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What does JSIO stand for? Aaron Batalion will tell you.

LivingSocial CTO Aaron Batalion tells entrepreneurs to "just shit it out"

Financial trends and news by Faith Merino
November 15, 2012 | Comments
Short URL: http://vator.tv/n/2bc6

If you’re an entrepreneur then you’re probably familiar with a few terms and phrases in the startup lingo dictionary, such as “minimum viable product” and “fail fast.”  They both translate to “peddle your shit fast so you can figure out what works.”  But have you heard of LivingSocial co-founder and CTO Aaron Batalion’s product strategy JSIO?

“What is JSIO?” Bambi Francisco asked Batalion at Tuesday night’s Startup Sessions at Google Ventures’ Startup Lab in Mountain View.

“JSIO stands for Just Shit It Out,” said Batalion.  

Intrigued?  I’ll bet you are.

“It means fundamentally, you need to focus on what matters,” Batalion explained.  “You need to take the core idea of what you’re building, get it on the Internet fast, iterate quickly, and learn what you think your hypothesis is as quickly as possible.  I struggle when I see companies spend a year working on something, launch it, and for some reason, it doesn’t work.”

That segued into the story of how LivingSocial expanded.  While hoards of daily deal startups flooded the market in 2010 like a swarm of locusts, they typically followed a similar pattern: they put down roots in one city, built up a following there, and then expanded to a handful of other cities.  But LivingSocial seemed to spread across a broad array of U.S. cities very quickly.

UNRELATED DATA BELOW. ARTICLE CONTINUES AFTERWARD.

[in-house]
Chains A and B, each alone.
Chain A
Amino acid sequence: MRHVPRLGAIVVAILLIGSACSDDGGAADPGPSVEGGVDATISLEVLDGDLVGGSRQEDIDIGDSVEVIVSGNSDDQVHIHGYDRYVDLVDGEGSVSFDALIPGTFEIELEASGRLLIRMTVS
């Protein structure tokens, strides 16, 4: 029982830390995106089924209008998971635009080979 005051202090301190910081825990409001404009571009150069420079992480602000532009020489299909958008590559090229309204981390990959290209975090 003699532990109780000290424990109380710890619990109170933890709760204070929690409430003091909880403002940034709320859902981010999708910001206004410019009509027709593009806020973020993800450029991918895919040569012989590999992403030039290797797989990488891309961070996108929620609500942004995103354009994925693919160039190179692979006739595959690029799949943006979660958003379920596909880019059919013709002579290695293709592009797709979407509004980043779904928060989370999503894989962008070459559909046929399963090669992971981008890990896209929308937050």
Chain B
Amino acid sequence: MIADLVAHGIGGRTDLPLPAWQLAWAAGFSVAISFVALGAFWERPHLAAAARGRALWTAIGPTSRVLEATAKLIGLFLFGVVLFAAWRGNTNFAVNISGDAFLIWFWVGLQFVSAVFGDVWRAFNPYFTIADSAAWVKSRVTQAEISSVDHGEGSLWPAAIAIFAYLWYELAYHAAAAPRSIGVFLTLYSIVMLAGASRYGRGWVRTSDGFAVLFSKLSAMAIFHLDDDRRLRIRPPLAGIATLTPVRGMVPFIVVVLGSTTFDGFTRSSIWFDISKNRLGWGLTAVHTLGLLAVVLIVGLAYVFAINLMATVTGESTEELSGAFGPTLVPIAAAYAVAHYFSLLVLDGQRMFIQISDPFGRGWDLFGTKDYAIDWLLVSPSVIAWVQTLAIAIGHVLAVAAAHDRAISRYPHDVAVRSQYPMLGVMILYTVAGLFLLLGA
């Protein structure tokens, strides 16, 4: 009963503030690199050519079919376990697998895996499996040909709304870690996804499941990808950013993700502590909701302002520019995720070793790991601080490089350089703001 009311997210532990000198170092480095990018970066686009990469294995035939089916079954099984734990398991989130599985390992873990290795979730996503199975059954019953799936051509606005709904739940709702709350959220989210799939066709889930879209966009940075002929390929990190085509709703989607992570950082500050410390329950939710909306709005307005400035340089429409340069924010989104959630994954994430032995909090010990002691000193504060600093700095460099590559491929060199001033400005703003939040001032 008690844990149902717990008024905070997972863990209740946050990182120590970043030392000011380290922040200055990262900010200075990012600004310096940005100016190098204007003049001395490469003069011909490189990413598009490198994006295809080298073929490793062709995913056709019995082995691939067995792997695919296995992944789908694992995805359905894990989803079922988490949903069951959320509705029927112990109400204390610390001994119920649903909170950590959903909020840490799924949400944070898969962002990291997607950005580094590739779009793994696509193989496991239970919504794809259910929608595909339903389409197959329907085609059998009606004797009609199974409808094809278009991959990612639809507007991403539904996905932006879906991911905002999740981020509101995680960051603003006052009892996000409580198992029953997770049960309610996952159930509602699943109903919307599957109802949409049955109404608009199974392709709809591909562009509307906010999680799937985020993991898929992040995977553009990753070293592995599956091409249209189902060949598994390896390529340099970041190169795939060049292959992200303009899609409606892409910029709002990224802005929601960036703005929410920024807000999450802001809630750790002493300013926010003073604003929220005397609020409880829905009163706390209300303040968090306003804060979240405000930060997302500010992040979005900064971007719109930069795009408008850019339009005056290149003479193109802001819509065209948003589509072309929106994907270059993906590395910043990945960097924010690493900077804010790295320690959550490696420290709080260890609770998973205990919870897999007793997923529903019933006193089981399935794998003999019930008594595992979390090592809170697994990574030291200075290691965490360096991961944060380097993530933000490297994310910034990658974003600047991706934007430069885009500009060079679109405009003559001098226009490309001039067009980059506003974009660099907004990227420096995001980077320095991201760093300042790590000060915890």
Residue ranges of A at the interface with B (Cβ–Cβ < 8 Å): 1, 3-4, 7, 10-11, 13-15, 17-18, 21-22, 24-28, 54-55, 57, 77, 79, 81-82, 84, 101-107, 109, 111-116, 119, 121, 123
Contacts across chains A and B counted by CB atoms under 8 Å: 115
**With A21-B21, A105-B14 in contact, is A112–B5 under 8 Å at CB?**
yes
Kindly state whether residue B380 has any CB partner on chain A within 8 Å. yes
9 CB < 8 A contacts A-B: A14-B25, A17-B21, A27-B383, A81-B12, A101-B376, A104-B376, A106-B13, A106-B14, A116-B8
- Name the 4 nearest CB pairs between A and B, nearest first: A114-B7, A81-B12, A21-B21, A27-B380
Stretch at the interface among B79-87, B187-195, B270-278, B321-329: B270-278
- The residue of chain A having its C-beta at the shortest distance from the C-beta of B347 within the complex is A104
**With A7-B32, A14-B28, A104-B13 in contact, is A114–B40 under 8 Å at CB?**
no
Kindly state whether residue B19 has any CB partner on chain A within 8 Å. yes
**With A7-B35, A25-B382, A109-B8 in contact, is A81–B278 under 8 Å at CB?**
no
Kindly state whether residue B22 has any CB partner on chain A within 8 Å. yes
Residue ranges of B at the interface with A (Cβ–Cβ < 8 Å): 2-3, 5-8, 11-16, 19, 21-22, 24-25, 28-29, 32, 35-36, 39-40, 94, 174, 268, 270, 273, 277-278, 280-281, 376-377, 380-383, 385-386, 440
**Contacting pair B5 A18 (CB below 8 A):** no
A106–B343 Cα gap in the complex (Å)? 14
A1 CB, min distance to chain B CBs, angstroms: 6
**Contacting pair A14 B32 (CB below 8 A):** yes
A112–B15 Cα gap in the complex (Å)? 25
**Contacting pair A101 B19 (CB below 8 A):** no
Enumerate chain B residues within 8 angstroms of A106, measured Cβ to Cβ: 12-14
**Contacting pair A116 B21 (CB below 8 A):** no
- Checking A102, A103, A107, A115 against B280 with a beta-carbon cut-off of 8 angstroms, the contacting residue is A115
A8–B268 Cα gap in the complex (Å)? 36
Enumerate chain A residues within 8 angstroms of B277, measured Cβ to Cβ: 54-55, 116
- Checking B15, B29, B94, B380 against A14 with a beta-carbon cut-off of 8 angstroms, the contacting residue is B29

“We saw there were a lot of businesses trying to grow in our space and we could’ve just gone to LA, creating a sales team in LA, doing these deals in LA, generating revenue, waiting three months, and then doing the same thing in New York, we decided it was important to just generate an audience,” said Batalion.  “So we built an app on Facebook, took that technology and started building these audiences in dozens of cities.” 

He added: “Lots of companies can build a commerce page with a buy button.  That’s not the hard part.  The hard part is getting the users.  You have to sell them a story, sell them a pitch.”

A member of the audience later asked about the meaningless phrase “fail fast” and when it’s not okay to fail.

“I don’t think it’s a meaningless phrase,” said Batalion.  “We did one thing, quit that, did something else, quit that, built social commerce and quit that.  Welcome to founderhood of asking yourself ‘when should I stop doing something?’  That’s the challenge. We’ve definitely started doing things and then stopped, but that’s okay.  You have to get rid of the noise to focus.  The focus matters more.”

See the full interview here


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